Union leader Pav Sina on Tuesday said garment factories around the country illegally fired dozens of his local representatives last year, far more than in 2013, and urged the government to help get their jobs back.
Mr. Sina’s Collective Union of Movement of Workers (CUMW) is one of the fastest growing unions in the country and was among the more strident during negotiations between the unions and factories over a new minimum wage for the garment sector last year.
At a press conference Tuesday, he said 65 of his representatives at several factories were illegally fired in 2014 for carrying out legitimate union activity, a sharp increase from the four who were fired the year before.
Mr. Sina said the CUMW also saw a spike in membership, from 28,000 in 2013 to 35,000 last year, and accused the factories of targeting his union because of its growing popularity and activity.
“The factories fired them without respecting the authority of the Labor Law,” he said. “I think the increase [in firings] is because we are more active than the other unions and our activity is public.”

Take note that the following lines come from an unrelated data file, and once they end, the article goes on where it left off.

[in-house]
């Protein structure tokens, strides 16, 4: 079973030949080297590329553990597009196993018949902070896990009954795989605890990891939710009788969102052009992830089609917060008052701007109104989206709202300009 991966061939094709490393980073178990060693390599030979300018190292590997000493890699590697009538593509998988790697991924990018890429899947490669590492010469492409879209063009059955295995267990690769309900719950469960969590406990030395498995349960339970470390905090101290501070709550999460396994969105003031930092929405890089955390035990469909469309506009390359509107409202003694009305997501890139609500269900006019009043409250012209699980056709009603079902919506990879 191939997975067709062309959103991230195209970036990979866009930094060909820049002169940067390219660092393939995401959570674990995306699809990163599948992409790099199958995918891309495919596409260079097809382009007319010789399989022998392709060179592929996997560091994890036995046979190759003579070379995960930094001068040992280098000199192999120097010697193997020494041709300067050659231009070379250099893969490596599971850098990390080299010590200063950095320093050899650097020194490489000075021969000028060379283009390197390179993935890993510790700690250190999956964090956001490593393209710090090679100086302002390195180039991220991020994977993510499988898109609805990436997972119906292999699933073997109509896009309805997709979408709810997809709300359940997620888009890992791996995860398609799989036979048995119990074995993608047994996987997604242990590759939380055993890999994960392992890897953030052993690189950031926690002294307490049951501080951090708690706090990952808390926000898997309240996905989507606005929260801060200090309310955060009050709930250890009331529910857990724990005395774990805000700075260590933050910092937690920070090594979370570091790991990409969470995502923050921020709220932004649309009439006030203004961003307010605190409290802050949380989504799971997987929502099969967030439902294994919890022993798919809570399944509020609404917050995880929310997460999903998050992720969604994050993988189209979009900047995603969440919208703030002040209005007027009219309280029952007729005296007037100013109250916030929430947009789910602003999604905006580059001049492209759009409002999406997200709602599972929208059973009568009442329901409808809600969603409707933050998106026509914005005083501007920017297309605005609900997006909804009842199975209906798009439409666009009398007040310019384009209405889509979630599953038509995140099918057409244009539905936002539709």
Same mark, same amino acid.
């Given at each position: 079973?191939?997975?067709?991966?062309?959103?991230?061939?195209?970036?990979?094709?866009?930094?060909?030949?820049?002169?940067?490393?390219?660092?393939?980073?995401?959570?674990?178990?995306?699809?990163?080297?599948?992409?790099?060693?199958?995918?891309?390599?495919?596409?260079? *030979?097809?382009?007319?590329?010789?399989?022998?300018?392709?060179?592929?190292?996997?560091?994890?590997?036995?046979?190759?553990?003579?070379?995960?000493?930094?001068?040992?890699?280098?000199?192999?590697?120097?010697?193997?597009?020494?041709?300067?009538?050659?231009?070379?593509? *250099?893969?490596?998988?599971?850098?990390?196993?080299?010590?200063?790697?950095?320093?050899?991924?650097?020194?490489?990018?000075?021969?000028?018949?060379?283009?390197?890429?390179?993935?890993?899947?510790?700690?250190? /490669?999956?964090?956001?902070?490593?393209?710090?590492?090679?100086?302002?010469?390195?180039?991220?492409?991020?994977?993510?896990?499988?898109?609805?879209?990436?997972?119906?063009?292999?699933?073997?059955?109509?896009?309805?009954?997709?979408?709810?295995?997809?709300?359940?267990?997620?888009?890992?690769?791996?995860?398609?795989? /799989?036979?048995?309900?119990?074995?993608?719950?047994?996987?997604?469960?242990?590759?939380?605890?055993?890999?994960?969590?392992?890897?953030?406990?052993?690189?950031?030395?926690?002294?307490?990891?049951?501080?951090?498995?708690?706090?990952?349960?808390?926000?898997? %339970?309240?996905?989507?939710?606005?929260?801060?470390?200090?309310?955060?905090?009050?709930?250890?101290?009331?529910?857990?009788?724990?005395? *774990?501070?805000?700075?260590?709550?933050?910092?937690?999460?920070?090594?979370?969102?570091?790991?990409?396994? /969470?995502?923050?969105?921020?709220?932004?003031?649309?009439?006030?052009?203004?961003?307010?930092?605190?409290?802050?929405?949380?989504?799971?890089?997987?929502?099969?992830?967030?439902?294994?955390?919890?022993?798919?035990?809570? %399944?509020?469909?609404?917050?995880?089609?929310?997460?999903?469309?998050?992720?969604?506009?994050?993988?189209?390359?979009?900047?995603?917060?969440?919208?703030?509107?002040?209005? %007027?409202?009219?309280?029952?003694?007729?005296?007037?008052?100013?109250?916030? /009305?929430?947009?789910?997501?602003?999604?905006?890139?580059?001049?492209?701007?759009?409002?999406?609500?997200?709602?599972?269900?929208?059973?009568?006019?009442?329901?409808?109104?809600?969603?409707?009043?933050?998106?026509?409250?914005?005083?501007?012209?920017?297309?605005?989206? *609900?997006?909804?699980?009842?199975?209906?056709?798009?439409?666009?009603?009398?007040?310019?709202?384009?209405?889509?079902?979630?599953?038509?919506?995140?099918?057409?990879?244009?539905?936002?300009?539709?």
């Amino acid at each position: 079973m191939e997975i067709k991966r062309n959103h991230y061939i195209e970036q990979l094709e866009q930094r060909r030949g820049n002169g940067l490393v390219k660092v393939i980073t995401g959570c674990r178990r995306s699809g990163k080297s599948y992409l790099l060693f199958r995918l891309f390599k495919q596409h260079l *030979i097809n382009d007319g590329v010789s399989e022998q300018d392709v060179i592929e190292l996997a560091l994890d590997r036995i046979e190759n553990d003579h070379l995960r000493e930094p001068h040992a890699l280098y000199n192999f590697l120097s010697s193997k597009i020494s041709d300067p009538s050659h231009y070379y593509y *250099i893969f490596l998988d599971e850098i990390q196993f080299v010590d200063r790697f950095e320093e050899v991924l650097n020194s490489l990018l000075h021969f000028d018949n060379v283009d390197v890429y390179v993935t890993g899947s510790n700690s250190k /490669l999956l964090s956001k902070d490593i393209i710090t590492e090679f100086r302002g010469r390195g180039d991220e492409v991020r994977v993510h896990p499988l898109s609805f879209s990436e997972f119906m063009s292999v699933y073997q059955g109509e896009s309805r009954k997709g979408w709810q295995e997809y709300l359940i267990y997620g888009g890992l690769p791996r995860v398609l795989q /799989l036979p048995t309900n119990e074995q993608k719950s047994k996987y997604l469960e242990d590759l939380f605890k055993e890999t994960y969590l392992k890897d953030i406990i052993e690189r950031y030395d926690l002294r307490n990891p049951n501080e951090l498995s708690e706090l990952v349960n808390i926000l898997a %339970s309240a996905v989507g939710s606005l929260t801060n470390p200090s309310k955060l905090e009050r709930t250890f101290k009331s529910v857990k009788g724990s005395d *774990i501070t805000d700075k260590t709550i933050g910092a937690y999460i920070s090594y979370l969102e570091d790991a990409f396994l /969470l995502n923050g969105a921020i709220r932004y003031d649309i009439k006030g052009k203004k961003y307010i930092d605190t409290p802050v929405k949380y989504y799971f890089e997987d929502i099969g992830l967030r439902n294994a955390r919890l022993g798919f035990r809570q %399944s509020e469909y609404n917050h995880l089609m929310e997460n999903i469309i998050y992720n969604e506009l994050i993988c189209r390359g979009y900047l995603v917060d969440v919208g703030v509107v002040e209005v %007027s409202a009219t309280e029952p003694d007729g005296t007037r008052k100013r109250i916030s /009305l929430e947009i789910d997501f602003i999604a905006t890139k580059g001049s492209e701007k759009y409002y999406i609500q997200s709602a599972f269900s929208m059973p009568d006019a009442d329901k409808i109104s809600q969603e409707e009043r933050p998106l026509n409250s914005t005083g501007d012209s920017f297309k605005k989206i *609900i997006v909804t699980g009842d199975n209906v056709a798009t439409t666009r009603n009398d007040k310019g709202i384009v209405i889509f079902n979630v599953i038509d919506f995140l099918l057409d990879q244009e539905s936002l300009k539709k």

The factories say the vast majority of strikes are illegal, justifying the firings.
But Mr. Sina on Tuesday insisted that his representatives organized strikes in compliance with the Labor Law, which stipulates that the right to strike “can be exercised only when all peaceful methods for settling the dispute with the employer have already been tried out.”
“We follow the procedure,” Mr. Sina said. “When there is a dispute, we ask the factory to negotiate. If they do not negotiate with us, then we send a complaint to the Labor Ministry. After that, we wait for seven days and then start to protest.”
He said officials at the Labor Ministry had repeatedly promised to look into his complaints of illegal firings but that he had yet to see them take any action. He also accused the courts of siding with the factories by ordering his members back to work anytime they strike.
Mr. Sina said his next move would be to turn to the international brands sourcing from the factories, in the hope that they pressure the employers to rehire the fired union members.
Spokesmen for the Labor Ministry could not be reached Tuesday. A spokesman for the Justice Ministry said he could not comment because he was out of town.